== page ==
There is always a lot of angst about healthcare interoperability. A lot of finger pointing at vendors, if only they would all agree to support the official standards then everything would interoperate smoothly. If only we would all listen to the standards group… Unfortunately there is more to this than meets the eye.
I would like to help explain why this is difficult. Let’s look at a simple problem that everyone can relate to.
Back in the 50’s everyone had 2.5 children, lived in the suburbs, had a job for life with a big corporation and only had two phone numbers.
At most each person had a Business and a Home Phone number.
As a result when hospital information systems emerged into this brave new world they were designed to store only two phone numbers. One field for a home phone and another for a business phone.
How things have changed!
First FAX machines were invented, then pagers and cellphones. Now we have VOIP, Skype and other technologies like Email, Facebook, Linked In and Twitter – with many more to follow… I have a Ukrainian friend who runs a outsourcing company and lists the following in his email signature:
- USA phone number
- Ukrainian phone number
- Israeli phone number
- FAX number
- Skype ID
- Googletalk ID
- Email address
Simple contact details have exploded into a crazy ever-evolving set of data!
How do these changes affect interoperability? Unfortunately technology changes slowly within enterprises. Enterprises are like cities. You cannot just rip out the entire infrastructure every time something changes. The city needs to keep on running, so compromises have to be made, upgrades must be introduced gradually.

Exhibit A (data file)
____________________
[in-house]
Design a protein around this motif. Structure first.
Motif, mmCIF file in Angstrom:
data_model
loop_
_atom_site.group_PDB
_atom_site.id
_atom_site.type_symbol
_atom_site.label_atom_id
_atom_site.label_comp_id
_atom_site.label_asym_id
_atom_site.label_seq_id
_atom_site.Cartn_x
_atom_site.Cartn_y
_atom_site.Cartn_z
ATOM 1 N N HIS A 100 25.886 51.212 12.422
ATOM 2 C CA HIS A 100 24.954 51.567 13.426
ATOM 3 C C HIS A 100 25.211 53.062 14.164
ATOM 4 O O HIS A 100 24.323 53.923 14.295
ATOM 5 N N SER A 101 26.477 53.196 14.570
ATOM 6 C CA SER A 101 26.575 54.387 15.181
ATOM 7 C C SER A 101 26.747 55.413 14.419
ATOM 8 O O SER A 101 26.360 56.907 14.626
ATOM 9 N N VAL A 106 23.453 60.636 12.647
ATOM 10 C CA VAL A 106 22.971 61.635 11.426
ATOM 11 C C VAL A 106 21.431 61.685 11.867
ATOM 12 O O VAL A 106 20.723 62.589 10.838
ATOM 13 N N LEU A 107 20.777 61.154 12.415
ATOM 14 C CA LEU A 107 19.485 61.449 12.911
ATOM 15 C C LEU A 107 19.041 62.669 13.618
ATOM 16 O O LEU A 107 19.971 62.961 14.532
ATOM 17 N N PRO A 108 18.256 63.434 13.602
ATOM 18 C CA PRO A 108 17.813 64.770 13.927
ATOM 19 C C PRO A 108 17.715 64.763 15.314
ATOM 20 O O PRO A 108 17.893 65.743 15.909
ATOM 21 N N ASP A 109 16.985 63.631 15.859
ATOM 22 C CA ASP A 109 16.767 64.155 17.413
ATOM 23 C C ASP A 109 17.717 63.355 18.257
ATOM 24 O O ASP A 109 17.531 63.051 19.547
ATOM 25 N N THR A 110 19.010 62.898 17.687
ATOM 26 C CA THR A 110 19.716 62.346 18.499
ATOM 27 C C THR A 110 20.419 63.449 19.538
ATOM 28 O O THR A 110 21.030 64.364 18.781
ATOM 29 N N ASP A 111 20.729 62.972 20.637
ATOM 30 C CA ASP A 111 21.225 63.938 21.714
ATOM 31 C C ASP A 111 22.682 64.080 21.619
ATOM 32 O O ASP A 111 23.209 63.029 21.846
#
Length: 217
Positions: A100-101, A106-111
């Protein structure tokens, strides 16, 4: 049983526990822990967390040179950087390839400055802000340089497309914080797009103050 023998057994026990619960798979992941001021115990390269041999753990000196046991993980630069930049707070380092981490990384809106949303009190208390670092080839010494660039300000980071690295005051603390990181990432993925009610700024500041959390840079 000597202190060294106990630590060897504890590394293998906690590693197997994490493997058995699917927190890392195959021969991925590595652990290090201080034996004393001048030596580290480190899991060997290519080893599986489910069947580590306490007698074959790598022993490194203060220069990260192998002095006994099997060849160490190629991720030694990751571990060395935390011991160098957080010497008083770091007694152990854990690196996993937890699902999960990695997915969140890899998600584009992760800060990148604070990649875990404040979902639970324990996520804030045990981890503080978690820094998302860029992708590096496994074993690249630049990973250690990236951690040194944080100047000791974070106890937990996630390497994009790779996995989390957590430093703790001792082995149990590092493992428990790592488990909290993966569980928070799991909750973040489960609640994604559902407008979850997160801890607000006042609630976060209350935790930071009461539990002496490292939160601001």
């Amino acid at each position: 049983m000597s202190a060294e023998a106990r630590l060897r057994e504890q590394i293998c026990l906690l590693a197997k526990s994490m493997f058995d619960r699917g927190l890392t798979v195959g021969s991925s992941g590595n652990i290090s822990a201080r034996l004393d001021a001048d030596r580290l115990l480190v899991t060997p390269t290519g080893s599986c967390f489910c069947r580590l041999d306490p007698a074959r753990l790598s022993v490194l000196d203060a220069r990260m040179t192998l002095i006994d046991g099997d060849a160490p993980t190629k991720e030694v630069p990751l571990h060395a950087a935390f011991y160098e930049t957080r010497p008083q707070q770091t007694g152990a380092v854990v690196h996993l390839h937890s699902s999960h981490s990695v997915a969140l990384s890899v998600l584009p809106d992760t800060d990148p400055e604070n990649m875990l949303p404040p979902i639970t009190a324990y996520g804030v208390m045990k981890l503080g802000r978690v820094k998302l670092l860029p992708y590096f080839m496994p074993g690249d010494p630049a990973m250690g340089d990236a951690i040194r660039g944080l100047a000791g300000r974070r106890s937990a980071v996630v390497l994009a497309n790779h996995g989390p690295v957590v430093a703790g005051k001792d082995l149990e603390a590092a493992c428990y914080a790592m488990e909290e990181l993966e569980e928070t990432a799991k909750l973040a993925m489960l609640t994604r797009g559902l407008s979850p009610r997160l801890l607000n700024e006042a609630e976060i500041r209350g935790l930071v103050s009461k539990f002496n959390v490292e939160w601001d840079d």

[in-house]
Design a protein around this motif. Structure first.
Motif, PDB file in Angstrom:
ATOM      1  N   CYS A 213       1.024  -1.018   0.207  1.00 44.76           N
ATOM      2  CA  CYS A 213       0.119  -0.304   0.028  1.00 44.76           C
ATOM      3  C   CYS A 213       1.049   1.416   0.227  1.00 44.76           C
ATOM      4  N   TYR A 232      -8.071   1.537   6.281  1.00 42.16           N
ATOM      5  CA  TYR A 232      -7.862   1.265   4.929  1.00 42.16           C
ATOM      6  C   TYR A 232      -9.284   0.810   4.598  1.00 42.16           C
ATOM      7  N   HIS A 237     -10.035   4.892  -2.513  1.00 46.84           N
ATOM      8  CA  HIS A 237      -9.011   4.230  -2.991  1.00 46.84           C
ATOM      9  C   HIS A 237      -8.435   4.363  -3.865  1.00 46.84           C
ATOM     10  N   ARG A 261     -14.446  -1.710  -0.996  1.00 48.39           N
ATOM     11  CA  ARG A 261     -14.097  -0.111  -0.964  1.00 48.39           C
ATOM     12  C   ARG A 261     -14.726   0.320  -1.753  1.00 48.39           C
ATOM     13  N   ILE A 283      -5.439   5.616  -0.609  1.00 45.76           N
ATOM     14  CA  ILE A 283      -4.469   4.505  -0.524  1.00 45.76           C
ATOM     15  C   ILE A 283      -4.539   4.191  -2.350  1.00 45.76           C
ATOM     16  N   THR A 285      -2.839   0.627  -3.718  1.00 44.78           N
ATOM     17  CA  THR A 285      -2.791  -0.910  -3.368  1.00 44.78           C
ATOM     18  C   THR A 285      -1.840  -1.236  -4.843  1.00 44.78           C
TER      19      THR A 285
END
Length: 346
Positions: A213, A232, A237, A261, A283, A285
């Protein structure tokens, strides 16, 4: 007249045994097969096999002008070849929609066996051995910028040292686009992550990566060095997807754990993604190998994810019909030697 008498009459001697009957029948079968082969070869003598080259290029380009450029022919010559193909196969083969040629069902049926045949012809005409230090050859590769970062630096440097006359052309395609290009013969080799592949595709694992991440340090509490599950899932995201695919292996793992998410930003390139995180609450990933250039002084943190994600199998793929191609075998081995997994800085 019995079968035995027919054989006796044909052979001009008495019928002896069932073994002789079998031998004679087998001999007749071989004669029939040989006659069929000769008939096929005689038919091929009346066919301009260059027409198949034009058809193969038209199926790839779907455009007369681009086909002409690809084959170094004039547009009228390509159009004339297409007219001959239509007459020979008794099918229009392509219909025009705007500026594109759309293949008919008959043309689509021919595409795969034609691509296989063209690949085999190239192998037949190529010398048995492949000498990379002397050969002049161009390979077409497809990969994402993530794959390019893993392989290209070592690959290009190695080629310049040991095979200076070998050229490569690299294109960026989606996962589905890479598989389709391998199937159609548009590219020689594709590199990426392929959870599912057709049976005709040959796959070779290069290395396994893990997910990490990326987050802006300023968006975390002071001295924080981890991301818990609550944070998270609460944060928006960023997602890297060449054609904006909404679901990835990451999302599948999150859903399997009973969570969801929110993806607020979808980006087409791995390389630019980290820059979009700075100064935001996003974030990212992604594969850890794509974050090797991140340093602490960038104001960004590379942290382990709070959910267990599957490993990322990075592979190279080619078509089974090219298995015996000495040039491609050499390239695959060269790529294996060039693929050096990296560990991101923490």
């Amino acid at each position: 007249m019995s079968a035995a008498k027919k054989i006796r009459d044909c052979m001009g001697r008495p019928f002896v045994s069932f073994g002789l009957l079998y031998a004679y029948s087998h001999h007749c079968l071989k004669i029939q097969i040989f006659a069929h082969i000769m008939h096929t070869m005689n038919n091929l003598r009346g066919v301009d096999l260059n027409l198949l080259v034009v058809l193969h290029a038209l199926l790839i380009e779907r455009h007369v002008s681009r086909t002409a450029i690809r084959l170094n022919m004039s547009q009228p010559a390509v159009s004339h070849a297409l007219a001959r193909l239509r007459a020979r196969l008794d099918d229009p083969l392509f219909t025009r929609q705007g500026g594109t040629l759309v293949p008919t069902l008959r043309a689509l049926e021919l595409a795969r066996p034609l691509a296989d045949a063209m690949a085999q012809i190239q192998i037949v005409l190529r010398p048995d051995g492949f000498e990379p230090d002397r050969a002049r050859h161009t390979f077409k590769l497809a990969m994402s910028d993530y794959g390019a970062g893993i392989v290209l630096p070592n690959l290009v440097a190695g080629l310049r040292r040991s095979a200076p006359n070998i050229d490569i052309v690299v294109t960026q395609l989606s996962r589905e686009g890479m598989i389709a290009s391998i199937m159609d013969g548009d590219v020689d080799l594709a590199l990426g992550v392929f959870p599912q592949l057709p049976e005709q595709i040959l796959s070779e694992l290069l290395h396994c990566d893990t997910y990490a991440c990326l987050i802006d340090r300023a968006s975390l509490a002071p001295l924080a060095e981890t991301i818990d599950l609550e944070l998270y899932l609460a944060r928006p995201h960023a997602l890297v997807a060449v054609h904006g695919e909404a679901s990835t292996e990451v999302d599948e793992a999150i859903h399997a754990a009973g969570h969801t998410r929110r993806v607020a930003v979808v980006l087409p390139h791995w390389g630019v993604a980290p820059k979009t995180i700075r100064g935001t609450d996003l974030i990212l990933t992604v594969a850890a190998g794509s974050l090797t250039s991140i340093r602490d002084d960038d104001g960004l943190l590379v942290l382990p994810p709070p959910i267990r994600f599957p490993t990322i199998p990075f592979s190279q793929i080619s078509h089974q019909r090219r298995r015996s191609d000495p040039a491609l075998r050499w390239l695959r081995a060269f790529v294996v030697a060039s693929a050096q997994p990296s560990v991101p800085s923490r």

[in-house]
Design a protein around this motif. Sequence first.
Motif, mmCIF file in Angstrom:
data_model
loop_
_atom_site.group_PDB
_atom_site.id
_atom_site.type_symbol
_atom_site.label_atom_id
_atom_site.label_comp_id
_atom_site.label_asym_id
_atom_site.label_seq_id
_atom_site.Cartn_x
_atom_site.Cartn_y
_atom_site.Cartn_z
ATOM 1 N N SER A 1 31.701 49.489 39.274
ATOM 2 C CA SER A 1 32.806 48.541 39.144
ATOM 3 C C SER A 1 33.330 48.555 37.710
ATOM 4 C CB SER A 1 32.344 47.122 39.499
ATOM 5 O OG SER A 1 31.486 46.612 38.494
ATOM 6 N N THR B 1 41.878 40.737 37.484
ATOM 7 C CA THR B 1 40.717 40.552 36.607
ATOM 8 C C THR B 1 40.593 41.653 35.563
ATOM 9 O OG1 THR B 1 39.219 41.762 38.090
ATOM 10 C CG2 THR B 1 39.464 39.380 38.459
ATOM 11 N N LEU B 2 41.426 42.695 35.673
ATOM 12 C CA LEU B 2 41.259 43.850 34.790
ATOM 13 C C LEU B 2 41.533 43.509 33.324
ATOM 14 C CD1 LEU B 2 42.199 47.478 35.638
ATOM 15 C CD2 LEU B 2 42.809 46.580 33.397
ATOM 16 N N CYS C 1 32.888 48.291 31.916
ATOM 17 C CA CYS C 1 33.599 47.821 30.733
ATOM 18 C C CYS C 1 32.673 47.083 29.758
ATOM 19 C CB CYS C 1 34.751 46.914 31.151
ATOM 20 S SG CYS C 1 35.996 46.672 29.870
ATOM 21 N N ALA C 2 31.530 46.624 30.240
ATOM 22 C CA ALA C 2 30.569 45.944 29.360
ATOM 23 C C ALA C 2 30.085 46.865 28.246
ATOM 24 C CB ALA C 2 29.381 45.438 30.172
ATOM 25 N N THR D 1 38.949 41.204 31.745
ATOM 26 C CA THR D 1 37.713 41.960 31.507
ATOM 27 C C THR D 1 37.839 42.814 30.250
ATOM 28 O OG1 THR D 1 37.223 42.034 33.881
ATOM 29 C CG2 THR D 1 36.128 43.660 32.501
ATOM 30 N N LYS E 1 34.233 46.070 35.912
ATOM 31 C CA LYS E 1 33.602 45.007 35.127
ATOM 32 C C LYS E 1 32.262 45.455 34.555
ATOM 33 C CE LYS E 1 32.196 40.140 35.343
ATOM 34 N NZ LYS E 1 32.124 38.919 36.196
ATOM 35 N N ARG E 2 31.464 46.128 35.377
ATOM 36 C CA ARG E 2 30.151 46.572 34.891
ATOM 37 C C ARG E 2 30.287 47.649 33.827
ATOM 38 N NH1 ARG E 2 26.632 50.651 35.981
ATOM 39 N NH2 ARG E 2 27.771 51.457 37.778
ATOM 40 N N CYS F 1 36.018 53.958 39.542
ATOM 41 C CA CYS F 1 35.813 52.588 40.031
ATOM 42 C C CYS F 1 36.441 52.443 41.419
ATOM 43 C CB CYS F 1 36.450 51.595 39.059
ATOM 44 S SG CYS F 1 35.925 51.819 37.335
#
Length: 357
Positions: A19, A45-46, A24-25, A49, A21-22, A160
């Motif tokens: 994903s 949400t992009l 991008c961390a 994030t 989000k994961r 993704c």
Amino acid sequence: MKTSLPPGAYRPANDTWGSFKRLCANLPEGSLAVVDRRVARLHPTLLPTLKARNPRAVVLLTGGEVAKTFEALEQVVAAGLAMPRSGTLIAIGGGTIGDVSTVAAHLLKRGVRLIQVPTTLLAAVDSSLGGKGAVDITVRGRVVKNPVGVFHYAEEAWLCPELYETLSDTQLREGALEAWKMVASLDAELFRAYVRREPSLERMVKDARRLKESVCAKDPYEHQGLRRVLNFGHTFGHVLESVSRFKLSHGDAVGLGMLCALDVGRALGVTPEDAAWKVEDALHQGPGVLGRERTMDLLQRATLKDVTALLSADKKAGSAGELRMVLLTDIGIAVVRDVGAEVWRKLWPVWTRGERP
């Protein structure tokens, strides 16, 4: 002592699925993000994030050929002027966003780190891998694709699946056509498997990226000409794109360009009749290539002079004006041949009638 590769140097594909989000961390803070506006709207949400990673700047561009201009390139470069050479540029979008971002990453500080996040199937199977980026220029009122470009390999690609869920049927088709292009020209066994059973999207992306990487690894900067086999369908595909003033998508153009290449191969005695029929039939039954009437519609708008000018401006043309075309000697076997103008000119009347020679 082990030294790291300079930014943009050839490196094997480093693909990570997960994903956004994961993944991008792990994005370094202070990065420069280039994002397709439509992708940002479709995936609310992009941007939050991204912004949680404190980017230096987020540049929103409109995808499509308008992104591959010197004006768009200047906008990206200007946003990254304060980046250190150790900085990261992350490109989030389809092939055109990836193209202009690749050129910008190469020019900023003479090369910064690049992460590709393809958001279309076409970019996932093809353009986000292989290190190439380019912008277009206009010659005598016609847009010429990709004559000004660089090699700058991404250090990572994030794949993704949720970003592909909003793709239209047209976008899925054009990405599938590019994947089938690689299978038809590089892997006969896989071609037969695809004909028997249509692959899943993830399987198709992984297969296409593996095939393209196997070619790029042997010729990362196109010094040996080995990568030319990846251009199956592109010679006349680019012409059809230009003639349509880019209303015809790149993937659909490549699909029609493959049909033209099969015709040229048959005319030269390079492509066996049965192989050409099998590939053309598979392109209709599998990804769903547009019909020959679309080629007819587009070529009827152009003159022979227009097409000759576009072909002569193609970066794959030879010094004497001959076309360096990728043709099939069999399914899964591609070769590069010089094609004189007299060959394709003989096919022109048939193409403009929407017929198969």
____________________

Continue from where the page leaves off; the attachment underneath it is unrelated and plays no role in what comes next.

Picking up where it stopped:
As a result hospitals often have backbone systems thtat were designed in simpler times. One very popular choice of health information system (HIS) in Canada is Meditech. Meditech is a very solid mainframe based system written in an old language called MUMPS. There are many good things about Meditech which make it popular despite its age. But last time I checked, most hospitals were not running versions of Meditech which would support the rich contact data model of say an iPhone 4.
This creates challenges for interoperability.
Modern systems can store complex contact details, older systems generally cannot. So to interface these systems together compromises have to be made. I call it putting a square peg in a round hole. Here are some typical solutions:
- Format extra contact information as text and put it into a text field.
- Use URLs that link back into the more modern system to allow access to richer data
These compromises are not perfect but they keep things ticking along, it is just part of day to day reality of interoperability.
This is a simple example – just imagine how much more difficult it is to deal with changes to complex clinical data, for example.